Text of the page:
Additive Manufacturing sparks innovation

Polish company Kontakt-Simon SA uses the Sintratec S2 to build advanced prototypes for the electrical sector. Thanks to the Selective Laser Sintering technology, the R&D team can rapidly develop and verify their complex designs.

Over 100 Years of Experience

Founded in Poland at the beginning of the 20th century, Kontakt-Simon SA is a well-established manufacturer of electrical installation equipment such as socket outlets, switches, and floor terminal boxes. As part of the Spanish Simon and Italian Urmet Groups, Kontakt-Simon has evolved into one of the fastest growing companies of the electrotechnical branch in recent years, shipping thousands of products around the world every day. One reason for this growth is undoubtedly their state-of-the-art research and development operations.
Kontakt-Simon Light Switch
The product range of Kontakt-Simon consists of switches, outlets and sockets for the home and the office. Image source: Kontakt-Simon SA
Sintratec S2 system at Kontakt-Simon
In 2022, Kontakt-Simon integrated a Sintratec S2 into their workshop. Image source: Kontakt-Simon SA

Incorporating 3D printing

Kontakt-Simon’s R&D team has been using fused deposition modeling (FDM) 3D printers to produce prototypes in-house for several years. When the limitations of the technology became apparent, the company decided to transition to selective laser sintering (SLS) and invested in a Sintratec S2 in 2022. «The advantage of SLS over FDM is a uniform surface, reflecting the designed surface better than in the incremental model, and mechanical strength that also allows testing mechanical solutions, e.g. latches», explains Thomas Wilk, Head of the technical department.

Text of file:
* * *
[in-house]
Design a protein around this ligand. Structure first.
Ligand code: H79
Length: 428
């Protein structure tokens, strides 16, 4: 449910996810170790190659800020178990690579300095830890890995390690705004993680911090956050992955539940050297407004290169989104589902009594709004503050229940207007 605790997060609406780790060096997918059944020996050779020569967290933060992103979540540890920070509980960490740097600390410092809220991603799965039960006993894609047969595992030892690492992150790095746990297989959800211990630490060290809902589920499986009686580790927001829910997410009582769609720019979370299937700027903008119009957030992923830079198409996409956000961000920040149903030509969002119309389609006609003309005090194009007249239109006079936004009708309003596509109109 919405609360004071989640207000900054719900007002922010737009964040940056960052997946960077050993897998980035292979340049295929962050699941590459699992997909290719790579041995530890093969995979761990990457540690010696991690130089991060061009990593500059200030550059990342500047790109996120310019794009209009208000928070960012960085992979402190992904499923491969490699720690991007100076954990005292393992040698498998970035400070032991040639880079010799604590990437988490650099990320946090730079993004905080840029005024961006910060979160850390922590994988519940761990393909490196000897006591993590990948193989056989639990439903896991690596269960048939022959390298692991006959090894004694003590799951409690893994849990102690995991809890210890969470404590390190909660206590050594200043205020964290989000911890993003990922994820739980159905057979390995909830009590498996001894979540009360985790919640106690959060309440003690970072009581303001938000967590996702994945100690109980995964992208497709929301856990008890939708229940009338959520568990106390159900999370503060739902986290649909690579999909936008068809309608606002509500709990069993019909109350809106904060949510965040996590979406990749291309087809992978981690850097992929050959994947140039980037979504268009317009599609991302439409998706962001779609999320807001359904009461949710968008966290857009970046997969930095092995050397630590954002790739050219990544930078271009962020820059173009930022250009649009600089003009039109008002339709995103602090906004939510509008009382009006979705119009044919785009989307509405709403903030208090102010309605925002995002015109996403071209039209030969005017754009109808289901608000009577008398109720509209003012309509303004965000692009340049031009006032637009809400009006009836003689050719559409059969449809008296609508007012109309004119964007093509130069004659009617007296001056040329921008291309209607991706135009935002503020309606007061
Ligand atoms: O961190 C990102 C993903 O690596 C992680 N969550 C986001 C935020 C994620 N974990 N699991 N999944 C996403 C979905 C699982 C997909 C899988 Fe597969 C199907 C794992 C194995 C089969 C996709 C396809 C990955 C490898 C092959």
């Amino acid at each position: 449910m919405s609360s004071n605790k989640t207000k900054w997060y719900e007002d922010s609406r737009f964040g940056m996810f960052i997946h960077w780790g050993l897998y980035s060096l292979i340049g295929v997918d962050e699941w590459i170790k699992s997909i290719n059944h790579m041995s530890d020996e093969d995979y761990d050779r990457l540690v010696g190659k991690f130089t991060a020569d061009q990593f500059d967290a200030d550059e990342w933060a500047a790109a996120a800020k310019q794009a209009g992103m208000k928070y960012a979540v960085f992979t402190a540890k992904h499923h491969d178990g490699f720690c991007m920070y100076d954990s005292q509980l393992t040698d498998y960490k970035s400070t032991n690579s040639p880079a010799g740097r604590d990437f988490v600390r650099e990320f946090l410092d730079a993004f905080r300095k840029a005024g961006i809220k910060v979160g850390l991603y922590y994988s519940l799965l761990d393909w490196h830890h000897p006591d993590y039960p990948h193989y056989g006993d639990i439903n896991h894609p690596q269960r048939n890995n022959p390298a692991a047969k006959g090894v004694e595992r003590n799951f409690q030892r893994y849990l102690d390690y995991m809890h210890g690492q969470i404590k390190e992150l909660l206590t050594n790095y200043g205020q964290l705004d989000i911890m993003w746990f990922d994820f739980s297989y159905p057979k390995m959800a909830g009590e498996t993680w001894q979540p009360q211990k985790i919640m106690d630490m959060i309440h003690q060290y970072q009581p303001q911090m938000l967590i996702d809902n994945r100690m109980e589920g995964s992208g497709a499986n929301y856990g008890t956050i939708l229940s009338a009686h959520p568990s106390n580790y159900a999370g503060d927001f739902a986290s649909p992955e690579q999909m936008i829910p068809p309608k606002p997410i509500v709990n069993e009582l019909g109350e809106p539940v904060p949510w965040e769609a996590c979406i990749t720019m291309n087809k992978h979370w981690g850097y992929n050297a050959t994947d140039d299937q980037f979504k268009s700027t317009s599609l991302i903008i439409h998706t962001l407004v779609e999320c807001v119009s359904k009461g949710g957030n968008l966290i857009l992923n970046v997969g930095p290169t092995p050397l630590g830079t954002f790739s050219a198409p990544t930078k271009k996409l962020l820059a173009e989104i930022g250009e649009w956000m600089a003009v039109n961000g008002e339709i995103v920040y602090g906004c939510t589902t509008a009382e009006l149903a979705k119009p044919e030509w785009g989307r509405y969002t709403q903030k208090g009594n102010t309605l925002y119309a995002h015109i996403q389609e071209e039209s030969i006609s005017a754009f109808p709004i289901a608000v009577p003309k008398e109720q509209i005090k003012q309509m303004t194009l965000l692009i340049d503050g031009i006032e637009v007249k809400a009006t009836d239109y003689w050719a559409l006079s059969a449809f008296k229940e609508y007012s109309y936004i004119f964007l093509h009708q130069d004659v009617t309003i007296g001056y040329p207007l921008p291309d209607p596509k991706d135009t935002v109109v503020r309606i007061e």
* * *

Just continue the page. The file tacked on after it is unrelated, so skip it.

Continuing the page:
In-house Rapid Prototyping

Thomas Wilk and his colleagues regularly use the Sintratec S2 to manufacture intricate prototypes with robust PA12 nylon. According to the team, the system is especially useful during the development phase of a new series, where individual components have to be verified. «We use the printer to prepare prototypes of details designed in construction programs», Thomas says. «After constructing a technical solution, in addition to electronic verification, it is worth verifying the geometry of the designed parts and their interaction with other elements of the product.» Once the design is validated by an SLS-prototype, it can go into mass production through injection molding.

Kontakt-Simon S2 MCU
SLS Outlet Prototype in MHS
Kontakt-Simon SLS Prototype
With the S2, the R&D team manufactures prototypes from PA12 nylon. Image source: Kontakt-Simon SA

Complex and aesthetic parts

What are the main benefits of SLS for the electrical industry? «Complex geometries, thin walls, high aesthetics and accuracy, great strength and homogeneity in each axis of the part», summarizes Thomas. For the Kontakt-Simon engineers, the advanced 3D printing technology has certainly opened up new freedoms while speeding up product development and thus reducing time to market. «The Sintratec S2 was the best option for an economical machine with this printing technology – especially considering the volume of pieces we need», Thomas concludes.

SLS Component for the electrical industry
Selective laser sintering is used at Kontakt-Simon to rapidly realize new products. Image source: Kontakt-Simon SA
Thomas Wilk

“The Sintratec S2 allows us to develop much faster and create complex yet aesthetic prototypes for the electrical sector.”

Thomas Wilk
Head of the technical department
Kontakt-Simon SA